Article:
The Importance of Biodiversity in Planning

As the nation makes strides towards becoming carbon neutral by 2050 and Build Back Greener, biodiversity has become an increasingly popular topic of discussion. In short, biodiversity promotes an abundance of different wildlife within a singular territory – from plants, animals, insects and fungus – for the benefit of the wildlife, habitat, and wider environment. Taking inadequate care of these habitats can be detrimental on a much broader scale, resulting in the dysfunction of their intricate ecosystems, creating eyesores within local neighbourhoods, and down valuing properties. That’s why today, we’re going to be covering the importance of biodiversity in property planning to ensure that your neighbourhood is the best place to live for all creatures, great and small.


Ensuring That Habitats are Maintained

Real estate development represents 37 percent of developed countries’ energy consumption, 40 percent of carbon emissions and 40 percent of waste production, which impacts our environment enormously. This has encouraged the creation of the Environment Bill which insists that any new developments from 2023 focus on ensuring a 10 percent Biodiversity Net Gain. In many cases, developers will need to acquire additional land for the purpose of reaching this BNG quota and spend extra time and funds on ecological enhancements.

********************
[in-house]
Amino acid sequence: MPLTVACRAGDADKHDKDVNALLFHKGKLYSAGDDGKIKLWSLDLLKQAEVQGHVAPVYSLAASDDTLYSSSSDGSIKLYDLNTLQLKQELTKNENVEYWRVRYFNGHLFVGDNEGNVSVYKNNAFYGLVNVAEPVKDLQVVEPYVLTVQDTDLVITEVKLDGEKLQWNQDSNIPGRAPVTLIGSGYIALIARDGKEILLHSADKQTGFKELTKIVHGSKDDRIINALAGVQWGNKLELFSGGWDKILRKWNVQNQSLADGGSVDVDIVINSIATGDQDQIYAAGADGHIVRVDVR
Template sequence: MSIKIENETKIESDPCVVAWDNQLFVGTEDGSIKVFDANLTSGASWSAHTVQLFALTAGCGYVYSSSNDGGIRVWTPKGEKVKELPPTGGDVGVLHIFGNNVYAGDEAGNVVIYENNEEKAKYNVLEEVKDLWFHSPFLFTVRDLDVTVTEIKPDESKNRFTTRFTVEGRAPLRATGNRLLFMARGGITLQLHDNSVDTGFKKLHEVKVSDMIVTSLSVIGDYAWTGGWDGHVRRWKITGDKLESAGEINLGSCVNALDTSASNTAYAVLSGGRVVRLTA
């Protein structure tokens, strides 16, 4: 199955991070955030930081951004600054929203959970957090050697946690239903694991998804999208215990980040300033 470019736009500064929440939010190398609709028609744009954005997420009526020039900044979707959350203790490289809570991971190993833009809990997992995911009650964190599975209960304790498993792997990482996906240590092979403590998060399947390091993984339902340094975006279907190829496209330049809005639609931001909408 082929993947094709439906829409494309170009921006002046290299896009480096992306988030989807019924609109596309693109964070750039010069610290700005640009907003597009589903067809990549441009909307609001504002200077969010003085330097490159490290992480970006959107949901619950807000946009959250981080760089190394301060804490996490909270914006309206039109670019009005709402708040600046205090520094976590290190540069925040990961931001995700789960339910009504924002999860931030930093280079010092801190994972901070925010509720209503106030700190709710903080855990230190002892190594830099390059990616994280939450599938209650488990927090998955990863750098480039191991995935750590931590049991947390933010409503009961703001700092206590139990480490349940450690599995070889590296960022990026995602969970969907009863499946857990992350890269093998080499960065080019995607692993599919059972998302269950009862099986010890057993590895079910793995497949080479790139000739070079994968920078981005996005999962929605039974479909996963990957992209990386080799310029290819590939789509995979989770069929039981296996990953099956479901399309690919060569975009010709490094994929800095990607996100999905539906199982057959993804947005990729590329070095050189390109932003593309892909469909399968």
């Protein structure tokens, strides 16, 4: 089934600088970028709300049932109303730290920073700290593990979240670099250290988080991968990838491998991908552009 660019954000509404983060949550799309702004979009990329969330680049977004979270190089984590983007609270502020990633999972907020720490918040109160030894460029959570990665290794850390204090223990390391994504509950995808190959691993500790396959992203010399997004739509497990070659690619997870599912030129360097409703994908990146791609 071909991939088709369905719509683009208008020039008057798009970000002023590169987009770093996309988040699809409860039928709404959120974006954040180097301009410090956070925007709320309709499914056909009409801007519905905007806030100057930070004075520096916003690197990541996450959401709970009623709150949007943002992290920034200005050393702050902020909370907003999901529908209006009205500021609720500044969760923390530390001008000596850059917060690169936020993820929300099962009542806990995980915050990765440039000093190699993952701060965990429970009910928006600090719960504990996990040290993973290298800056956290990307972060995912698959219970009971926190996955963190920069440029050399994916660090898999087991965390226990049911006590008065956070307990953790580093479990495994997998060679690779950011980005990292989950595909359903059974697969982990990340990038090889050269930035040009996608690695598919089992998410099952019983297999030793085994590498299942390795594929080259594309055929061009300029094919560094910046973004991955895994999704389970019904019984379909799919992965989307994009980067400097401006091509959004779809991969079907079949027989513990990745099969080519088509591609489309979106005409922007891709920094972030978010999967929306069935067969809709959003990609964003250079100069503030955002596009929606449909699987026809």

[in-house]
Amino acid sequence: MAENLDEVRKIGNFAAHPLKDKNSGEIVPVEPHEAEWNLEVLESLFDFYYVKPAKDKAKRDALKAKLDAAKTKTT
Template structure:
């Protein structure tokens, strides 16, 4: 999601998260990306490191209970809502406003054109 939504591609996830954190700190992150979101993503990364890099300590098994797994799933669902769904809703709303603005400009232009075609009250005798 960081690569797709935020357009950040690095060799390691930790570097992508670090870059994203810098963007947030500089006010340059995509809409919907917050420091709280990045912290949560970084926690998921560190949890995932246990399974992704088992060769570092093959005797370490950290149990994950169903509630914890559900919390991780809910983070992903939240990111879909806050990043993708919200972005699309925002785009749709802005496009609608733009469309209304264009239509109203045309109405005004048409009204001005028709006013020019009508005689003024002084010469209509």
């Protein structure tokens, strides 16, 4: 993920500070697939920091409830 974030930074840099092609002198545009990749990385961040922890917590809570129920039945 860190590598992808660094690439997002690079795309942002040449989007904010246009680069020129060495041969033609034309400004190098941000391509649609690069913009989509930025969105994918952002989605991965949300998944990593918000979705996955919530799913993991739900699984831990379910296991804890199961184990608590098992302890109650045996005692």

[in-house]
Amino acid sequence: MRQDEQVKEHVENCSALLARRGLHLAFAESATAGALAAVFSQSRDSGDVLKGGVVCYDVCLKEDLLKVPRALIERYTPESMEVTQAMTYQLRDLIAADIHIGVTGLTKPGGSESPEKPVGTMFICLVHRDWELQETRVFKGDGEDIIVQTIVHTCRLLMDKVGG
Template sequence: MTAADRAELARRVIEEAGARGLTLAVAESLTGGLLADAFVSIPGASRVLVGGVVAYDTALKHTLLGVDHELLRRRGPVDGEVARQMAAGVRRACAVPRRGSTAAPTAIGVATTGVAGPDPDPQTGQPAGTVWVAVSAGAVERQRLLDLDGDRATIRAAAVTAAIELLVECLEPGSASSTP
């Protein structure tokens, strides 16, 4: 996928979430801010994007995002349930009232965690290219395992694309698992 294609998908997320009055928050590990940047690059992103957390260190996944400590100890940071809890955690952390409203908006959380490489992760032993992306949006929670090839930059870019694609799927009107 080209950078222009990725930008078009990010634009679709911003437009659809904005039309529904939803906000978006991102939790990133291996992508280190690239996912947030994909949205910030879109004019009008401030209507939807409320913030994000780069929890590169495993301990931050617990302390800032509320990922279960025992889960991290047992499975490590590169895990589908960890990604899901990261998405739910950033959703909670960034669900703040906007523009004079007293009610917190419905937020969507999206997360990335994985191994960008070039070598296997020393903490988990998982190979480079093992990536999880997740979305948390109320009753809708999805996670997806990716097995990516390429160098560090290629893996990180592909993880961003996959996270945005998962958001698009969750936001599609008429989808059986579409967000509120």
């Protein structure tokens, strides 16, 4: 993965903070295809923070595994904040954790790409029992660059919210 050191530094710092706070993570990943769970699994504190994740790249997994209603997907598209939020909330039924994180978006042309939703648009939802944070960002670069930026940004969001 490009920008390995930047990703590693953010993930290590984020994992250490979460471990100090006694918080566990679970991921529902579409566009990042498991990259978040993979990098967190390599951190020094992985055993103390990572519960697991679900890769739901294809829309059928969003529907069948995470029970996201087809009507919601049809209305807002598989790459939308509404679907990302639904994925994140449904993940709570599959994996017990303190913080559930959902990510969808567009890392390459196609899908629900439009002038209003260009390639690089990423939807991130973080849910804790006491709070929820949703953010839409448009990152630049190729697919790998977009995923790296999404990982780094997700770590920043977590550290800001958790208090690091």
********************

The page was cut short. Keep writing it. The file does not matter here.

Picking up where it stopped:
At Virtu, we’re no stranger to enriching the environments we work with, which is why we’ve created our Social Value Act to help us give back. For each new instruction we receive for our services, we provide free wildflower seeds to our clients. This isn’t just a small gift to show our consideration, but a means for us to promote biodiversity across the country. Wildflowers are powerful pollinators that provide food for bugs and insects, especially the declining bee population. They are even known to assist in ground water filtration, and supply seeds, insects and other food for wildlife, which keeps your local habitat thriving.


Aesthetics and Appeal in Biodiversity

The topic of ecological enhancement is now trending, as opposed to being just a regulatory necessity. As awareness regarding the declining health of our ecosystems becomes more widespread, the desire to actively pursue greener living methods has increased. Beyond being deemed by many as a necessity for the future of our planet, the combination of man-made infrastructure and the natural world creates a diverse and vibrant environment which has been known to provide a mood boost, as well as looking aesthetically pleasing. What’s more, incorporating green spaces into modern residential and commercial developments contributes to a ‘feel-good’ factor wherein purchasers and occupiers feel like they’re contributing positively to the environment, resulting in longer tenancies and justifying higher asking prices.


The Economy and Biodiversity